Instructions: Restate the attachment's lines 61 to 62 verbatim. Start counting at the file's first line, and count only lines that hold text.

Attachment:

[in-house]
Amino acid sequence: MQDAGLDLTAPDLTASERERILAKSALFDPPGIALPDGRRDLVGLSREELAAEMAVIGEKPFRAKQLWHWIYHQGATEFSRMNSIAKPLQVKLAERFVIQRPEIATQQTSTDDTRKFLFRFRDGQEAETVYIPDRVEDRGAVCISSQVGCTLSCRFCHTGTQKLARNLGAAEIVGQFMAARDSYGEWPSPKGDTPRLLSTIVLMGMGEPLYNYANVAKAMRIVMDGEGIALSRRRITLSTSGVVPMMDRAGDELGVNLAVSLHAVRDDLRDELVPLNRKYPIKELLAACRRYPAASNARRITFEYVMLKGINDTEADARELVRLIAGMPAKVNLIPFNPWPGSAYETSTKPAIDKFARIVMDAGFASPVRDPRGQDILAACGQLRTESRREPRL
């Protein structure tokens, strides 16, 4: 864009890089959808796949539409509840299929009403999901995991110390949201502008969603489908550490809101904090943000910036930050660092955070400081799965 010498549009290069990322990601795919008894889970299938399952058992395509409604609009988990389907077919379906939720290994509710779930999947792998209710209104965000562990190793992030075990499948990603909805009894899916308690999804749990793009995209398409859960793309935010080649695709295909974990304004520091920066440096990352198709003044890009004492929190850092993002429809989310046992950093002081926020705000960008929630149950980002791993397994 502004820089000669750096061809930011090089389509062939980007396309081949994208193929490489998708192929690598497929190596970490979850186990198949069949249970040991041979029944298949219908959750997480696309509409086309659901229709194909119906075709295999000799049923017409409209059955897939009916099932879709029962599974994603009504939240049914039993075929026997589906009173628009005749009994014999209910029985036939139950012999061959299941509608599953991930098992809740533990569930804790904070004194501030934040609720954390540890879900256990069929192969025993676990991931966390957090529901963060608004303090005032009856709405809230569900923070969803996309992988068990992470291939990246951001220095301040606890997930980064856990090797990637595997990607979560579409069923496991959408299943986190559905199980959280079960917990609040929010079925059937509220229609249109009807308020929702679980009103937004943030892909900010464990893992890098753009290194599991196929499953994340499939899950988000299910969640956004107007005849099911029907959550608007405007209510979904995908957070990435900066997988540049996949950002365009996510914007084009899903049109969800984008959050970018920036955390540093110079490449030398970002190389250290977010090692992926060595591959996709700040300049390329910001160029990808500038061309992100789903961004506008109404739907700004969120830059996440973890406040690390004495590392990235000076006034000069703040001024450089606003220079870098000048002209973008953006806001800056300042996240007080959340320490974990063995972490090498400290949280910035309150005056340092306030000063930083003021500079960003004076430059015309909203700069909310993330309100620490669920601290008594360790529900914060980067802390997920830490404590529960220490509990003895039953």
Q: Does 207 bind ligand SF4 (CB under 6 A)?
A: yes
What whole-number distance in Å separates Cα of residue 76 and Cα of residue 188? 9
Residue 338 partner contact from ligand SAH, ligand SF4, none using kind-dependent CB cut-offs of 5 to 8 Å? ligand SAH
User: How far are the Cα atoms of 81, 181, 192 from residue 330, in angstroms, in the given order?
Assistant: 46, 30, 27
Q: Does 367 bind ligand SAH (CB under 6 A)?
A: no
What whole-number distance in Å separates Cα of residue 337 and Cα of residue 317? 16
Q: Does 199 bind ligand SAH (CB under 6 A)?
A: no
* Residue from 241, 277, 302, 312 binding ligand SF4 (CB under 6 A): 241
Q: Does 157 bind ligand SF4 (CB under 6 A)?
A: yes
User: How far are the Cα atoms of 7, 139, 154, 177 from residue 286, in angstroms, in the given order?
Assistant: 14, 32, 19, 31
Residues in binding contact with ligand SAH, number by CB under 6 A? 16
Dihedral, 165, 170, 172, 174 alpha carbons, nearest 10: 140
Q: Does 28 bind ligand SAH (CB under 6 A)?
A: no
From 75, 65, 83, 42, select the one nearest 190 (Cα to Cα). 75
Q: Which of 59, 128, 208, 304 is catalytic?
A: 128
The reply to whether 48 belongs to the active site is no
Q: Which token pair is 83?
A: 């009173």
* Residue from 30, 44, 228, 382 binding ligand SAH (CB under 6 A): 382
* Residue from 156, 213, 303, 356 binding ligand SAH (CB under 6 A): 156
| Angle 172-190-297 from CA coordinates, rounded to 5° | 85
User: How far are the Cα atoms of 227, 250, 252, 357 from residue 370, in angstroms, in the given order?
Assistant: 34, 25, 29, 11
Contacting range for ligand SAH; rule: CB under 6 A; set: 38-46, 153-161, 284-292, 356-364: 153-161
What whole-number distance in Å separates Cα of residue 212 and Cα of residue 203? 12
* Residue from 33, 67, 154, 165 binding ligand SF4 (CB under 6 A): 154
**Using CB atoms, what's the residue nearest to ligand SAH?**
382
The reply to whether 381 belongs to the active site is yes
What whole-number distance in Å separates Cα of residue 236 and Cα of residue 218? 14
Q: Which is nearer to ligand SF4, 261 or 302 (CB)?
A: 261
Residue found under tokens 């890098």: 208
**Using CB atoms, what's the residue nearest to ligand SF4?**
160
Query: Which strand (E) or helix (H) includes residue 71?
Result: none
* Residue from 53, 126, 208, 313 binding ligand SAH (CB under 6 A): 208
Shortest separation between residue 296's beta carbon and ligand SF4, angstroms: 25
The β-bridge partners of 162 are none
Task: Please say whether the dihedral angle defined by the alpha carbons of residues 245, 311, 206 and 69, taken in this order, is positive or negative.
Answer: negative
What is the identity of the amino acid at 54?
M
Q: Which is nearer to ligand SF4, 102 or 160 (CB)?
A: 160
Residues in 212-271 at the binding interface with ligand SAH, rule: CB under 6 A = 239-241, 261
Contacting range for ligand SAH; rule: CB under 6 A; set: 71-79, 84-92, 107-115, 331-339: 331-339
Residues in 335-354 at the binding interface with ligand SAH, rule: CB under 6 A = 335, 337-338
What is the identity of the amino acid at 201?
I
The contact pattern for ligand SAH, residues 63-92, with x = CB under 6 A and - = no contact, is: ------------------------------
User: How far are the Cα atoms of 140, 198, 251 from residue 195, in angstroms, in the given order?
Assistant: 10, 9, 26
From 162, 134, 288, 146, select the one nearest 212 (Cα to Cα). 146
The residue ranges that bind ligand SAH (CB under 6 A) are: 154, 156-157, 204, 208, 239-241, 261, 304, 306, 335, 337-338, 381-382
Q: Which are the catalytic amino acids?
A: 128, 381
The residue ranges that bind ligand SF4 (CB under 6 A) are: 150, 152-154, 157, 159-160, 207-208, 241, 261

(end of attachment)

What is the identity of the amino acid at 201?
I